Triumph for musical society with ‘Me and My Girl’.

Doing the Lambeth Walk in CAMS' production of 'Me and My Girl'
Doing the Lambeth Walk in CAMS' production of 'Me and My Girl'

Oi! Oi! Last week the toffs and pearly kings and queens invaded Cupar’s Corn Exchange in their search for the long-lost Earl of Hareford. That, briefly, was the plot for the stage musical “Me And My Girl”, this year’s show production by Cupar Amateur Musical Society.

This musical, with music by Noel Gay, is set in the late 1930s and the show’s book, given a modern revision by Stephen Fry with Mike Ockrent in the 1980s, gives this production a modern and up-to-date feeling.

The Duchess in 'Me and My Girl'

The Duchess in 'Me and My Girl'

It also contains many well known and well loved musical numbers and, from the moment Kate Doig’s super little orchestra started playing the show’s overture containing “The Lambeth Walk”, every single member of the audience was toe-tapping along to its 
musical beat!

This was a light-hearted, happy-go-lucky, fun-loving production and, as the show opens, London Society is on their way for a weekend stay with the Harefords, a family of haughty aristocrats seeking the legitimate heir to the title of Earl of Hareford.

When this heir is eventually found, he turns out to be an unrefined Cockney gentleman, bringing total chaos to the well organised and orderly lives of the Hareford upper class with his actions and manners! Add to that situation, the toffs wish him married to one of their own. He, on the other hand has a Cockney girl friend . . . and so the scene was set for musical comedy mayhem!

The society is very fortunate to have a leading man in the calibre of Andrew Doig, the perfect choice for the role of Cockney Bill Snibson aka the Earl 
of Hareford.

Downstairs staff in 'Me and My Girl'

Downstairs staff in 'Me and My Girl'

This was a typical ‘Jack the lad’ role and, with his boyish charm, his incredible stage experience, and excellent Cockney accent, Andrew sallied forth with perfect ease in a role that suited him down to the ground – a role that was physically demanding as he sang, danced, capered about in madcap situations, plus his many costume changes! In his “Leaning On a Lamppost”, one felt the audience was wanting to join in and sing along with him!

His “girl” of the show’s title is his Cockney girlfriend, one Sally Smith. And appearing in this larger than life role was Helen Knowles giving us an entertaining and refreshing performance as the girl who is “not welcome” at the Big House because of her common background.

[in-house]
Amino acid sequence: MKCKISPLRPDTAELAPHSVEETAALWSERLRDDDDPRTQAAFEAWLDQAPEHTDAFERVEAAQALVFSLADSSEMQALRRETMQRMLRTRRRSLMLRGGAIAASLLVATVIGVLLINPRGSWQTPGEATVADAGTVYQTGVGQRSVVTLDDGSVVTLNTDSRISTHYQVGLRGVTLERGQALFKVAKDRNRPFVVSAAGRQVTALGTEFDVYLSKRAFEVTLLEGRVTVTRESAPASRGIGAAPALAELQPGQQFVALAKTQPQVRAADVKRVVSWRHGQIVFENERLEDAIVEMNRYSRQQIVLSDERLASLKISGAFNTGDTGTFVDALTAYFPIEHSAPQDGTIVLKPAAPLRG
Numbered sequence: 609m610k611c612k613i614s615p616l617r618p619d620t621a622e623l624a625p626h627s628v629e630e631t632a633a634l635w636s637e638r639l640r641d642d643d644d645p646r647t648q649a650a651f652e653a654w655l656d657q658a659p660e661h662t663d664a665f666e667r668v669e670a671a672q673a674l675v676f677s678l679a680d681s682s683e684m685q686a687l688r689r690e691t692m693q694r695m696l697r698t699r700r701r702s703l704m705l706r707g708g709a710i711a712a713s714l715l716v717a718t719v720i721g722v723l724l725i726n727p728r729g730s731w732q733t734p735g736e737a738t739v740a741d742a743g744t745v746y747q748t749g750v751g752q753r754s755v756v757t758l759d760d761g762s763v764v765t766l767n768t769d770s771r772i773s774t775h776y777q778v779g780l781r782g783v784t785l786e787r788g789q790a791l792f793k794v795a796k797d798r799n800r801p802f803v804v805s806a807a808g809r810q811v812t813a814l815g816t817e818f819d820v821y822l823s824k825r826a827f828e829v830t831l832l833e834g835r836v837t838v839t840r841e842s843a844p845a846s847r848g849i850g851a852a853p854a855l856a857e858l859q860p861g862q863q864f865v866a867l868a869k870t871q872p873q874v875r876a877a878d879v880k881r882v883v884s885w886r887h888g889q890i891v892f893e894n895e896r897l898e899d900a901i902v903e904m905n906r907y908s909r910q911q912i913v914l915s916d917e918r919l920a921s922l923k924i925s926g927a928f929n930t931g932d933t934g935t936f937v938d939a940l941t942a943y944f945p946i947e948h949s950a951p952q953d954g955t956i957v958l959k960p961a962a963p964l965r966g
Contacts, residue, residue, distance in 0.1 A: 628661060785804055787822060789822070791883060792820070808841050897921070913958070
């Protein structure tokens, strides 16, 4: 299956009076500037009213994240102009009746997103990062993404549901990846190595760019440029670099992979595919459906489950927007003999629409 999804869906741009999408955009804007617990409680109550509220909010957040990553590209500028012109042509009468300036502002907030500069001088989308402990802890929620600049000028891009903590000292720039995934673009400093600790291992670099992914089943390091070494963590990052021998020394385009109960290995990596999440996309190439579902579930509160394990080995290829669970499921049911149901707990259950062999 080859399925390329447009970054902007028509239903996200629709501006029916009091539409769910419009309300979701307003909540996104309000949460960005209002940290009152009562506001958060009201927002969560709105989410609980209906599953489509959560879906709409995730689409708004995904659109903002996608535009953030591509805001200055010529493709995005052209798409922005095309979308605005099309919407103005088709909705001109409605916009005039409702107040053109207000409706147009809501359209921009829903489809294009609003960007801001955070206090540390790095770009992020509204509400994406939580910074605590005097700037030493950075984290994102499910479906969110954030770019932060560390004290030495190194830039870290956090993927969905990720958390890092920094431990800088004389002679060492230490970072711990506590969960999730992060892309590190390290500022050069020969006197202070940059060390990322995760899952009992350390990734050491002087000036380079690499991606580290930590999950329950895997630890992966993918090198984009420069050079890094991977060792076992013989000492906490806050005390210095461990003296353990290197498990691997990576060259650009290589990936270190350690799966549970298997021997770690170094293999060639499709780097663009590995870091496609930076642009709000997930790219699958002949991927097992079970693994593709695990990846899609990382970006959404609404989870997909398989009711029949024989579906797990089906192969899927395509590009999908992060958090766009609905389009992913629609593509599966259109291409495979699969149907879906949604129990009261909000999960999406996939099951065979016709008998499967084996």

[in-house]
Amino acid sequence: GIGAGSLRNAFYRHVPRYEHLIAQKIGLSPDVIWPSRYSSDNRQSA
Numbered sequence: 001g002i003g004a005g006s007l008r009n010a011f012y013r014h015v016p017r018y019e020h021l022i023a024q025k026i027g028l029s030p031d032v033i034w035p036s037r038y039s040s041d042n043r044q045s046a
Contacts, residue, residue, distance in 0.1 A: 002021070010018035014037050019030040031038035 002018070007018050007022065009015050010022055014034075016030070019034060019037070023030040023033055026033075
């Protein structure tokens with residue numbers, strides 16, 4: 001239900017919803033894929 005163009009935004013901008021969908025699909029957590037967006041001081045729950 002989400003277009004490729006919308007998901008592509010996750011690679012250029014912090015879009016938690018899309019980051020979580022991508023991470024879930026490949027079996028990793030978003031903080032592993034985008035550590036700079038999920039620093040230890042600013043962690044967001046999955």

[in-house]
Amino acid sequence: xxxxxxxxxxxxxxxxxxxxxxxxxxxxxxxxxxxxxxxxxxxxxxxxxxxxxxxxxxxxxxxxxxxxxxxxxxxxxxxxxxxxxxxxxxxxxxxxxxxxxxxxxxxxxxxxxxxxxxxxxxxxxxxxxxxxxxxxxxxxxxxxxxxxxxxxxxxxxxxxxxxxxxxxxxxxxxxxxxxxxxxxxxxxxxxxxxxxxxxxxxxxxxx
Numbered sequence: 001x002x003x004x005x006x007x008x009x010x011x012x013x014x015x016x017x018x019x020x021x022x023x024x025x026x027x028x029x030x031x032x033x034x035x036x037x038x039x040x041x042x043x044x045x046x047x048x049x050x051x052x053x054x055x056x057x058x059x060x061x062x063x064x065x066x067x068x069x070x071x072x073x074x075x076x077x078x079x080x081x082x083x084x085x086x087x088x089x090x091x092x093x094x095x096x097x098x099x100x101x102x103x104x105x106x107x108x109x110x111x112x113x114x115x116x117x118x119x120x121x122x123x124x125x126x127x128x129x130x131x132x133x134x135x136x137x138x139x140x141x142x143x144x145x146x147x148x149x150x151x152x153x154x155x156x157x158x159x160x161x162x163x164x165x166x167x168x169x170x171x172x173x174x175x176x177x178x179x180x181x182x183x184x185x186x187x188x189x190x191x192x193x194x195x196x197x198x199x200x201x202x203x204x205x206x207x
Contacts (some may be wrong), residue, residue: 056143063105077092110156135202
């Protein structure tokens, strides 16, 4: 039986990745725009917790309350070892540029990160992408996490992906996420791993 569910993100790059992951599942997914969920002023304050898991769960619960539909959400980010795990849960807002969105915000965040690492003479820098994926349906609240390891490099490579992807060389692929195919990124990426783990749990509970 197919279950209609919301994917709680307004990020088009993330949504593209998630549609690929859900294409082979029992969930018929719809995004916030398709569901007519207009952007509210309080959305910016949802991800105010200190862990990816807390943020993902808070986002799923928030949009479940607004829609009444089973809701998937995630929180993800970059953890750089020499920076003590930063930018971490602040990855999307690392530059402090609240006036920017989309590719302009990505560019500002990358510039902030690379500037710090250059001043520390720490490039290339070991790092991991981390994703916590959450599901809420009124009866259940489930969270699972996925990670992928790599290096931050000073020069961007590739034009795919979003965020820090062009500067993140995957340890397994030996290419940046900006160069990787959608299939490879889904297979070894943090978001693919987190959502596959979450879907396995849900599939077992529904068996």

Helen found the perfect pathos to put over her “Once You Lose Your Heart” song in great style. And both Andrew and she bounced their comic lines off each other with the greatest of ease – especially when Sally was given a history lesson by Bill on the Hareford ancestors!

When Sally discovers she’s not invited to a posh party given in Bill’s honour, she gatecrashes the event with her Lambeth friends – the Pearly Kings and Queens – and this leads the entire company into the famed “Lambeth Walk” (choreographed by Lorna Lewis), which proved to be an frenetic and exciting part of the evening’s proceedings, made even better when the enthusiastic company and dancers overflowed into the audience with their 
boisterous routine.

Andrew Doig and Helen Knowles as Bill and Sally in CAMS' 'Me and My Girl'

Andrew Doig and Helen Knowles as Bill and Sally in CAMS' 'Me and My Girl'

Attempting to educate Bill’s rough Cockney ways into the manners of the aristocracy was the formidable Hareford matriarch, the proud Maria, Duchess of Dene, played with snobbish delight by Ruth Anderson. Among the madcap toffs, one family member had a soft spot for both Bill and Sally. Eric Towns was first class as the elderly and worldly-wise Sir John Tremayne, always with a twinkle in his eye, attempting to bring the Cockney pair together and ensuring, with the aid of a certain well known speech professor for Sally, a happy ending all round . . . even if it took a few stiff whiskies along the way as well!

Scott Melvin should be very pleased with his first production for the Society, and solved the production problems with ease – best seen in the show’s difficult opening with London society driving to Hareford in a posh car. There was no car in sight, but the auditorium became the grounds of Hareford Hall, and the Guests simply “parked outside” and entered in excitedly chatter to spend their weekend in song to open the show. Brilliant! Oi! Oi!